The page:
And sometimes we leave our own shapes without realising it.

Nature details

It's important to think about what sort of footprints we are leaving behind. Because we're not the only ones enjoying the wilderness.

This little guy is a young Rifleman chick. He's hiding in a prickly matagouri bush at the Blue Lakes carpark. A cameraman for a film project I worked on last year, took this photo.

I didn't even know that Riflemen nested in matagouri – I like the contrast in this picture, that the thorny matagouri holds a family of fluffy tiny birds seeking shelter.

The bird is smaller than the diameter of this flower.

There are so many little interactions like this happening everywhere, every day, which we might not know about. The nice thing about being in the mountains is you usually change your body clock to get up with the sunrise. In the early morning light at the right time of year there are lots of other faces waiting to greet the sun. Celmisia, Mt Cook lilies are found in the valleys, where they get plenty of water from streams and tussocky ground, which hold lots of moisture. Up much higher, alpine buttercups survive - they look like little rays of sunshine, beaming cheerfully out of the hard rocks where nothing else is growing.

On sunny days these creatures live in quiet places, with the sounds of avalanches and the far off whisper of water running under the Tasman Glacier. Some make their own noise.

I marvel at what they have to survive up there.

Growing up here I realise how special it is to have such a high mountain as Aoraki nearby. It is so obviously the highest, from every angle you look at it. It seems to have a different character from each side, and I'm fascinated by how the same mountain commands a great reverence from each of its six faces.

Symphony on Skis

Another awesome thing to do in the National Park is to go on a long journey through the mountains, not just ascend and descend one mountain. This means crossing the Southern Alps, via a system of passes – that's a low point between peaks, on a ridge.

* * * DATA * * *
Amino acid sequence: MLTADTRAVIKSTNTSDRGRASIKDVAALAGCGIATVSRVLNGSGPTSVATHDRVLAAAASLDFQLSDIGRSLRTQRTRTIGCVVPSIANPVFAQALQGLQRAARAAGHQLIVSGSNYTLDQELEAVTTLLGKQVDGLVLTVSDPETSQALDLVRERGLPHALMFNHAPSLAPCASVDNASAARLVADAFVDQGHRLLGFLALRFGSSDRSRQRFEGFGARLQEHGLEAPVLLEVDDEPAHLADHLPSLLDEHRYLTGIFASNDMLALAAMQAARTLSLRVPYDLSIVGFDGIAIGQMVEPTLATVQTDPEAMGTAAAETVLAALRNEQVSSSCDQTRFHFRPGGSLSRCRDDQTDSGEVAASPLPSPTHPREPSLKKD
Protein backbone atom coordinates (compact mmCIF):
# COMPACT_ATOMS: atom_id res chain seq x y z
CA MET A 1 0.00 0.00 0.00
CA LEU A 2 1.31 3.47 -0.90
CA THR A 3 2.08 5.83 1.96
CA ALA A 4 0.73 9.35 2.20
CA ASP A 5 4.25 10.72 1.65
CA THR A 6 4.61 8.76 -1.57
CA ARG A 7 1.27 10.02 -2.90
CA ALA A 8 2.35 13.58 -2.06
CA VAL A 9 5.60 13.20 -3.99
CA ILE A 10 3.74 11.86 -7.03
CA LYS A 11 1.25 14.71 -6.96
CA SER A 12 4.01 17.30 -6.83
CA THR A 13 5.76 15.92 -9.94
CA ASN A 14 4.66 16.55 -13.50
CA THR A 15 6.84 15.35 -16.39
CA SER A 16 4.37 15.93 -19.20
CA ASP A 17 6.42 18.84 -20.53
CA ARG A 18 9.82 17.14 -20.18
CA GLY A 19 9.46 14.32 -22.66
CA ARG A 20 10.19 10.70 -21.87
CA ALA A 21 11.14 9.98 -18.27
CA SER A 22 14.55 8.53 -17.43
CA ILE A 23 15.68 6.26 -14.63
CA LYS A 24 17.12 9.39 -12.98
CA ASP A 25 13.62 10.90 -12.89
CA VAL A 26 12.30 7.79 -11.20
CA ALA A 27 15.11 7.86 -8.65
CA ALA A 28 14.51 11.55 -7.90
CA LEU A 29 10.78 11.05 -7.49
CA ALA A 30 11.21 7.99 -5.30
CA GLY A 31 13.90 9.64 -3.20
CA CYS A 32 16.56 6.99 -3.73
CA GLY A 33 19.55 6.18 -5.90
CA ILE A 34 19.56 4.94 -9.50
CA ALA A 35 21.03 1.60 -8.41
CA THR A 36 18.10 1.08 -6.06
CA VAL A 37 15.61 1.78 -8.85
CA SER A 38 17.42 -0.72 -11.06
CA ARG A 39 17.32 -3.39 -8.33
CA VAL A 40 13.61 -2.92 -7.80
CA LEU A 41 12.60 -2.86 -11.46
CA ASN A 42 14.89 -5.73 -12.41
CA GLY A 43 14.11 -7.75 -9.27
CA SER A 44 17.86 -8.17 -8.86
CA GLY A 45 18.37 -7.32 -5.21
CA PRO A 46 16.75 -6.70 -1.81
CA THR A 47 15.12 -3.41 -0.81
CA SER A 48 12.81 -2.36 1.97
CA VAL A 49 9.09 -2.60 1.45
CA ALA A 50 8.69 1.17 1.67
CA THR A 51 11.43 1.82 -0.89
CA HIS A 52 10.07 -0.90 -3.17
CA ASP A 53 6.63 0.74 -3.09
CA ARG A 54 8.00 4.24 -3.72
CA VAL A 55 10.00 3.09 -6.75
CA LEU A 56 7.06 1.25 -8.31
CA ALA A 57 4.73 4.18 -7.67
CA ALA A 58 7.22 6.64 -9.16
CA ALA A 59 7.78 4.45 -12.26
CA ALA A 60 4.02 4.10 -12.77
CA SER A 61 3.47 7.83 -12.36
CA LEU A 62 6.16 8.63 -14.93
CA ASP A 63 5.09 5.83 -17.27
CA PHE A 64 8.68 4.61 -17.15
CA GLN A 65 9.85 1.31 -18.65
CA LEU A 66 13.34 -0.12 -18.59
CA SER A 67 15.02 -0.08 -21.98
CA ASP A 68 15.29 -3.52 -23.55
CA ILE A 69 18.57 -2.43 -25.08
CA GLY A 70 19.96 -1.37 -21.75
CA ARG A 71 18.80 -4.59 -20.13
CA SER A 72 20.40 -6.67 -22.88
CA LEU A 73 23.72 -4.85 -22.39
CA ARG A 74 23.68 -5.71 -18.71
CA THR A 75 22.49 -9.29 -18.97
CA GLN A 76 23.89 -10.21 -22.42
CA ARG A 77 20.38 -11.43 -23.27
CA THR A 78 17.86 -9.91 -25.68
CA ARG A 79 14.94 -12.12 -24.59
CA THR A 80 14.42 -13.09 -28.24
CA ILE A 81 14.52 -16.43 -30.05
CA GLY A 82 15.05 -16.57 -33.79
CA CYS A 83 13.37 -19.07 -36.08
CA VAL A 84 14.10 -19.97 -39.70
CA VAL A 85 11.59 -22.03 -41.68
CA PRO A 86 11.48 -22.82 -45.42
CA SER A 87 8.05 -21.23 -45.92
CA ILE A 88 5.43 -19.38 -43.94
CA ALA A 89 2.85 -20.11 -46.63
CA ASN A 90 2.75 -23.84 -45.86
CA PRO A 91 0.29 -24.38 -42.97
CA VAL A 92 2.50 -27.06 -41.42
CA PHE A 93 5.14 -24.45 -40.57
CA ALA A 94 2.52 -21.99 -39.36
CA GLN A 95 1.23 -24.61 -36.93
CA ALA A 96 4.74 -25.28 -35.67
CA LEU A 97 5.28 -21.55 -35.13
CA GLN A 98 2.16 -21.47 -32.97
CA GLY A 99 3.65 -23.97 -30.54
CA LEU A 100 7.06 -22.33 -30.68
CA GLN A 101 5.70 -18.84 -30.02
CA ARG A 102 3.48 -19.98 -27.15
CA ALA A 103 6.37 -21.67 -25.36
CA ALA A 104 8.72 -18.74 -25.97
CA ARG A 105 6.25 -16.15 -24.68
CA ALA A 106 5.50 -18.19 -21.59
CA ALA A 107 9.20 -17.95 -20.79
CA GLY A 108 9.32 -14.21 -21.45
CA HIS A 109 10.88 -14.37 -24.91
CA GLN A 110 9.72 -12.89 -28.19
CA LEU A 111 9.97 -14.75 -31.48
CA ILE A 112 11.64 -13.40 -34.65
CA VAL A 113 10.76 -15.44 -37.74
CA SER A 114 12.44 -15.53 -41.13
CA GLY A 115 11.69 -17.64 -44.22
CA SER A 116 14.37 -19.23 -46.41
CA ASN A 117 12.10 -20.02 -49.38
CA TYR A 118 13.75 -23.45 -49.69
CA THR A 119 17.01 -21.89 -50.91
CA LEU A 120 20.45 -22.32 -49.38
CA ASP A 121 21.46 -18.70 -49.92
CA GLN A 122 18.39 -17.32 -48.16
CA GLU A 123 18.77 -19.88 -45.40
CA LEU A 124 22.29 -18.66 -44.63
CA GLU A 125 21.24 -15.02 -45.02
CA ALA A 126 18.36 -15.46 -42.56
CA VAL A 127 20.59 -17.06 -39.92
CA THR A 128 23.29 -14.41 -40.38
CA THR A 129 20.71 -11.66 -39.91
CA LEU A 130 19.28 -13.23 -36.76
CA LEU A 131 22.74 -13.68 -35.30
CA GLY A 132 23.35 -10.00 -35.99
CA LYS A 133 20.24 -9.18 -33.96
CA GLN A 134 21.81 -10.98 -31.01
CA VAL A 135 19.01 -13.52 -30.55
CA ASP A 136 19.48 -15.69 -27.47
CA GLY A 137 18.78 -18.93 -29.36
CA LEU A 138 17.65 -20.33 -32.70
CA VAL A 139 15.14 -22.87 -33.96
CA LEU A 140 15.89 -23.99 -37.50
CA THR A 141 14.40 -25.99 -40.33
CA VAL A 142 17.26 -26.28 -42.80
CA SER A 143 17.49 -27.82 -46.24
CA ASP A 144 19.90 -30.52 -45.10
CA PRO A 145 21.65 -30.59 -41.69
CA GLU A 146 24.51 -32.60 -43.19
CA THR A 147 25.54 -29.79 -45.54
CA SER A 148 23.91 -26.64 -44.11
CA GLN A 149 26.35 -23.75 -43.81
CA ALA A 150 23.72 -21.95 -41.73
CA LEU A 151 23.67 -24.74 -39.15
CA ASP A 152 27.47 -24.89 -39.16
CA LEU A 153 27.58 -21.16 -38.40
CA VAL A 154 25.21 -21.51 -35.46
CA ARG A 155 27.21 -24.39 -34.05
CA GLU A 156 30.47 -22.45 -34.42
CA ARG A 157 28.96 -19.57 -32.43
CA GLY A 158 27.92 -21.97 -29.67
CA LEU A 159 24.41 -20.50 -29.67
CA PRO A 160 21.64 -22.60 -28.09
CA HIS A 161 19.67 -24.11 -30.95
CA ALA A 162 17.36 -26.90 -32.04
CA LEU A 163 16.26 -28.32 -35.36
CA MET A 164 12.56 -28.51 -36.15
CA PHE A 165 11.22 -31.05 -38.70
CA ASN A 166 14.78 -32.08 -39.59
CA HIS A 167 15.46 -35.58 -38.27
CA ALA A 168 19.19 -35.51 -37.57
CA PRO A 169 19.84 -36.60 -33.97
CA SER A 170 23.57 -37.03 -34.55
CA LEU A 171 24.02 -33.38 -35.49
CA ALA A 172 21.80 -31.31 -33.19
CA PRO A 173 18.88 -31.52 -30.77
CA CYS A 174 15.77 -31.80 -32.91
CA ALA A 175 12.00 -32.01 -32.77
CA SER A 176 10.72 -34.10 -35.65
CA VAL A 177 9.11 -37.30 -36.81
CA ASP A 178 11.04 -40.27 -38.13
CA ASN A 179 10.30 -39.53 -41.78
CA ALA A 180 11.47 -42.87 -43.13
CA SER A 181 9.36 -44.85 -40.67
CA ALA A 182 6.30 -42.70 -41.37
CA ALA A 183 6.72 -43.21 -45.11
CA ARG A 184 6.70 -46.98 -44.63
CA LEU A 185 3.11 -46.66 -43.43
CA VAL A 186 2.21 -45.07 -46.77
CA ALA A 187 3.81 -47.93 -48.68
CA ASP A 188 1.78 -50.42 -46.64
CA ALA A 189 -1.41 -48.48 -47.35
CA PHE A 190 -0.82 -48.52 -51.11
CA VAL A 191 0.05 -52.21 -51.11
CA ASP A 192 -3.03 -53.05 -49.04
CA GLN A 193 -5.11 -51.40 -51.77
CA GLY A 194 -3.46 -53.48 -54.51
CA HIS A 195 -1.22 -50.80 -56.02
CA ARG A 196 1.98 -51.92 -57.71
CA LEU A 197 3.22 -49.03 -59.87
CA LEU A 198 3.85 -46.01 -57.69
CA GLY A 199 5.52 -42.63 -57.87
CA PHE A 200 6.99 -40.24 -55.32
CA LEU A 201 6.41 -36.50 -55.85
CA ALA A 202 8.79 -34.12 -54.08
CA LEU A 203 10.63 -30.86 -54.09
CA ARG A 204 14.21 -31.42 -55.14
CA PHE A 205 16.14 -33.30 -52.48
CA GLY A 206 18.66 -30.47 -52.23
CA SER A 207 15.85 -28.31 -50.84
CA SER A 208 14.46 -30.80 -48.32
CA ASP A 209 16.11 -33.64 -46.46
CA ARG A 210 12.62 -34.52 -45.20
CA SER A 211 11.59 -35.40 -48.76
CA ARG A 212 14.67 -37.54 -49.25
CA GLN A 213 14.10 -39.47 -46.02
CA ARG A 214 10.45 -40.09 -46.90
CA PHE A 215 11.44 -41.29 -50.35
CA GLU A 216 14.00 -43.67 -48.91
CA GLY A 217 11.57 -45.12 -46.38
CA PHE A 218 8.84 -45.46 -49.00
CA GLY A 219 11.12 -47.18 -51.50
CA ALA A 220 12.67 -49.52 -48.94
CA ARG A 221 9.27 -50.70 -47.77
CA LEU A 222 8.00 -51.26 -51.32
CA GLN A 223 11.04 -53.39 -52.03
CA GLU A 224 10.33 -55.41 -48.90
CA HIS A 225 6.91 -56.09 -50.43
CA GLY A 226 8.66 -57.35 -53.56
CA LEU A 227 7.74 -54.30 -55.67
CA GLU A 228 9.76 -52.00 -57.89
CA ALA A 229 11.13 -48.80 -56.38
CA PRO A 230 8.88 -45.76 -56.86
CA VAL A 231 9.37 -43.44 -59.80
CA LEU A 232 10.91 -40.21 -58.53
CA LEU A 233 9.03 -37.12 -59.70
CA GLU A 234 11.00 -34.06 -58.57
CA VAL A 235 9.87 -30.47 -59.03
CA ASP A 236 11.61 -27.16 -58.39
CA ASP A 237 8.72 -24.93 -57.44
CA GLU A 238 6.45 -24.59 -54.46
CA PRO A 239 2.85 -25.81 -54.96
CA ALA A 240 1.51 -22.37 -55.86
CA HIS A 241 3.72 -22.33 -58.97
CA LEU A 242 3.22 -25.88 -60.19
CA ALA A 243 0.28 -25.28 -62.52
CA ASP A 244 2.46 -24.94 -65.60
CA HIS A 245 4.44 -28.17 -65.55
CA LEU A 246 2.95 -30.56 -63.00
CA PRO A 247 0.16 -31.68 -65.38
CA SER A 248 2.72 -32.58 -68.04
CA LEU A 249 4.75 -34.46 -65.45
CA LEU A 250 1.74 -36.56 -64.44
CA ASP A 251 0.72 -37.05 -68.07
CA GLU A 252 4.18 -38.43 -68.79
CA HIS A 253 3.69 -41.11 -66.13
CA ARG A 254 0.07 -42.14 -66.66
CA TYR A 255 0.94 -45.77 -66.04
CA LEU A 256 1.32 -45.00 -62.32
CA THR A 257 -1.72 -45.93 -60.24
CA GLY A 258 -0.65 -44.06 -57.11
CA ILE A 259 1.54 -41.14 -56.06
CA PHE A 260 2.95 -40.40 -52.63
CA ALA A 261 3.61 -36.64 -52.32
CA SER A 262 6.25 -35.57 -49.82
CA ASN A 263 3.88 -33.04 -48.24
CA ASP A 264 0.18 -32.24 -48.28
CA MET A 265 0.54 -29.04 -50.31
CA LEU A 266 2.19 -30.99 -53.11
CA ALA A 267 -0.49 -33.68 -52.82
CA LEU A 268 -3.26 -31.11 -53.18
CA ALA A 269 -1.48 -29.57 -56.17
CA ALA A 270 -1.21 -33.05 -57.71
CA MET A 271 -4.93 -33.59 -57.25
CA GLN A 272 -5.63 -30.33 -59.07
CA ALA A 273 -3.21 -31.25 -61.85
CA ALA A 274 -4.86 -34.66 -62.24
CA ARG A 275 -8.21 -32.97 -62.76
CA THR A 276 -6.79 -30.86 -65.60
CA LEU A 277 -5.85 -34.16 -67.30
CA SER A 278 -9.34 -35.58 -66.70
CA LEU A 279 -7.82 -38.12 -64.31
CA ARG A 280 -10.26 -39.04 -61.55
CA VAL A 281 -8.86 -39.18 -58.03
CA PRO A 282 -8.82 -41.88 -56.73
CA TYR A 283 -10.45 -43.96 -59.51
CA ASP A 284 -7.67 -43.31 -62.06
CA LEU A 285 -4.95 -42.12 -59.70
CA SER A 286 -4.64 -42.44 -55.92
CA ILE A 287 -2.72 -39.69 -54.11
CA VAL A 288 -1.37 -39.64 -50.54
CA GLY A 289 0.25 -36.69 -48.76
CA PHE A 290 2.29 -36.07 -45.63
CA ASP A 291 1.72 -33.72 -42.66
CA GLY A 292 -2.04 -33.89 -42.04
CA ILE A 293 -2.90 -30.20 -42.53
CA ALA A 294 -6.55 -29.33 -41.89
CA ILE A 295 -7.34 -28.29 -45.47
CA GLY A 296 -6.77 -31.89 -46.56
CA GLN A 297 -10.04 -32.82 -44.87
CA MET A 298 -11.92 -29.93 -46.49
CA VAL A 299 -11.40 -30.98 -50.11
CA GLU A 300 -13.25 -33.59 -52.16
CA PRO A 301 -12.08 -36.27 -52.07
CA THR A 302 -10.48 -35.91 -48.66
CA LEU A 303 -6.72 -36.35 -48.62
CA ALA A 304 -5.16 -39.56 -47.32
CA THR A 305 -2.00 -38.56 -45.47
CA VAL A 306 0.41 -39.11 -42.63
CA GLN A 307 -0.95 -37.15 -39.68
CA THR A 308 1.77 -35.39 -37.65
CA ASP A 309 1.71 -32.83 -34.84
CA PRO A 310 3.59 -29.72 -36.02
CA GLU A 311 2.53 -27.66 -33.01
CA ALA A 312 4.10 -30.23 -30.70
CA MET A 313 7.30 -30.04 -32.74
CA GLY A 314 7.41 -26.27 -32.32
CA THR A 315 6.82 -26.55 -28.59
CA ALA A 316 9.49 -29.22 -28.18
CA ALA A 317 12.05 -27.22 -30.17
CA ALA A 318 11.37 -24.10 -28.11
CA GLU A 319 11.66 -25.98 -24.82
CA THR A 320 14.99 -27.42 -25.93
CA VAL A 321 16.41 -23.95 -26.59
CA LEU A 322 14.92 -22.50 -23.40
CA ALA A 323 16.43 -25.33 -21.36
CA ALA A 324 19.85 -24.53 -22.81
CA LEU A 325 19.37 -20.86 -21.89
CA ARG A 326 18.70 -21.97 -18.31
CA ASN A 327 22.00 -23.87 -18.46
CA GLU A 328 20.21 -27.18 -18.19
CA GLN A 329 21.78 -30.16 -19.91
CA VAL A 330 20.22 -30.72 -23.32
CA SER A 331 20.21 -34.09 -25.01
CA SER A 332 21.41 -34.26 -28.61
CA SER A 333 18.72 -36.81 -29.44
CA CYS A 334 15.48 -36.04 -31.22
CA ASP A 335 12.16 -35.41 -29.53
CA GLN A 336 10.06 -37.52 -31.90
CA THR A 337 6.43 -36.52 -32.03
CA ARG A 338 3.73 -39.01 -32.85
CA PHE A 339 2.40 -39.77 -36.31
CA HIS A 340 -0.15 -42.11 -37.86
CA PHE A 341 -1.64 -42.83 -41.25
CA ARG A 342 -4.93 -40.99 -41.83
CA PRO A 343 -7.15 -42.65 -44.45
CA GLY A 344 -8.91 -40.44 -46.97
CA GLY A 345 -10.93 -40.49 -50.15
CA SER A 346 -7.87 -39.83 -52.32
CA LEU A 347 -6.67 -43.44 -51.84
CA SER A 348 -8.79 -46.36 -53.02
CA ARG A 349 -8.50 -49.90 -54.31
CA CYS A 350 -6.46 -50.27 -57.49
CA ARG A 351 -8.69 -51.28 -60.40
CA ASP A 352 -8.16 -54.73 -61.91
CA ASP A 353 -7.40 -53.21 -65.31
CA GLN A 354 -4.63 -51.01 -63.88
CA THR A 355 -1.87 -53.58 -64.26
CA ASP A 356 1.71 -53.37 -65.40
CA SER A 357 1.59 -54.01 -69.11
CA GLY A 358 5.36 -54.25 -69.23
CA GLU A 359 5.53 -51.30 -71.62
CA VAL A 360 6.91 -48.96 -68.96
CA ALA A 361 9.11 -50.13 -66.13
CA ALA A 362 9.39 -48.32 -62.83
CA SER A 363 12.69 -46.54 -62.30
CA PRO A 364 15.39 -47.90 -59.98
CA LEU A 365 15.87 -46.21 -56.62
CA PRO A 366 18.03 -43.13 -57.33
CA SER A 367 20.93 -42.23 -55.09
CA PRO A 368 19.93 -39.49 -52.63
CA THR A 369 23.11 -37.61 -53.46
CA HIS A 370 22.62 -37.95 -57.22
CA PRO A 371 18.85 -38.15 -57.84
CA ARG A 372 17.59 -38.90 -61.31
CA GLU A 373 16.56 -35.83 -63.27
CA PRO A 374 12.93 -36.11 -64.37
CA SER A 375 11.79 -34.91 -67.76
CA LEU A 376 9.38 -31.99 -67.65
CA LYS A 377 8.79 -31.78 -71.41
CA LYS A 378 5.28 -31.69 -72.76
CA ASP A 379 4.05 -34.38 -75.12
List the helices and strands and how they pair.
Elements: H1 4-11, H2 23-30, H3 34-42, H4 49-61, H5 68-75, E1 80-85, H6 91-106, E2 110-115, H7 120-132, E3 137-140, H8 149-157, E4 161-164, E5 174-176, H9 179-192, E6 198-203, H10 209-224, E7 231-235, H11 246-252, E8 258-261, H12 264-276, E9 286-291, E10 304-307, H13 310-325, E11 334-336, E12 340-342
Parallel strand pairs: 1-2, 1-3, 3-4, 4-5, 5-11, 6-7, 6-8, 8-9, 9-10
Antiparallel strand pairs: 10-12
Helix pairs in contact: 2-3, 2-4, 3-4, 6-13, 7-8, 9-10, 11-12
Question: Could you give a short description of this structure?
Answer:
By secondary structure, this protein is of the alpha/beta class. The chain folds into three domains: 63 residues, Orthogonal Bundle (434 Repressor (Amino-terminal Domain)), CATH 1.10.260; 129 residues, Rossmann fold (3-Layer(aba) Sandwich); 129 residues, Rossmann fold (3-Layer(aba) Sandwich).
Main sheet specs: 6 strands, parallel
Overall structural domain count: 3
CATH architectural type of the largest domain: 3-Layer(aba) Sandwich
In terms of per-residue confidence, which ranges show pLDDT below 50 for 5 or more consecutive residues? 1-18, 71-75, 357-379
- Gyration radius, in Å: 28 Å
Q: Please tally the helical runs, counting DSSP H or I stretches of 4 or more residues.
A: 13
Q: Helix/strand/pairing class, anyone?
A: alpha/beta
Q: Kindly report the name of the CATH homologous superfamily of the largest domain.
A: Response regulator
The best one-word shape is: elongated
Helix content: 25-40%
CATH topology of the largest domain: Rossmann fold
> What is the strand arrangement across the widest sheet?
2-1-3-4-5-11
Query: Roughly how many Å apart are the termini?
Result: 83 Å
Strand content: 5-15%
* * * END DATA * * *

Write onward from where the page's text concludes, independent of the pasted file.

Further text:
In winter one of the best ways of enjoying the mountains is to go ski touring. I want to tell you about a special journey called Symphony on Skis.

What is the Symphony on Skis?

A ski traverse is like a well-composed piece of music

It flows with harmony, surprises with the unexpected.

It engages all your emotions

And the melody lingers in your mind afterwards.

Crossing passes is also a means of leaving behind the past, looking at where you have come from and thinking about where you're going next - forward to new horizons. It's a connection.

There is nothing quite like standing on Graham Saddle, and you realise at once how far you have come, and what is ahead of you. You realise how narrow the South Island is – starting from Tekapo, the idea of being near the ocean on the West Coast seems so far away and impossible, but then you see it and realise the Southern Alps are not that wide, you just have to find a way through them.

Seeing the ocean made me think of the end of our journey already – and I didn't want it to finish. But it also made me think of the other times I had stood in that place, as a teenager with my Dad, fifteen years earlier. And made me think ahead about what it might be like in another fifteen years, or much later, when I might take my own teenager up there. I can't bear imagining this place becoming inaccessible, or the Symphony becoming impassable, so when I hear about glaciers receding, and see the changes with my own eyes within my lifetime, it's a real wake up call.

So on that note, with these pictures I hope I have set up another kind of connection between us and the mountains, reminding us how special Aoraki / Mt Cook National Park is.

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© 2016 by Carla Braun-Elwert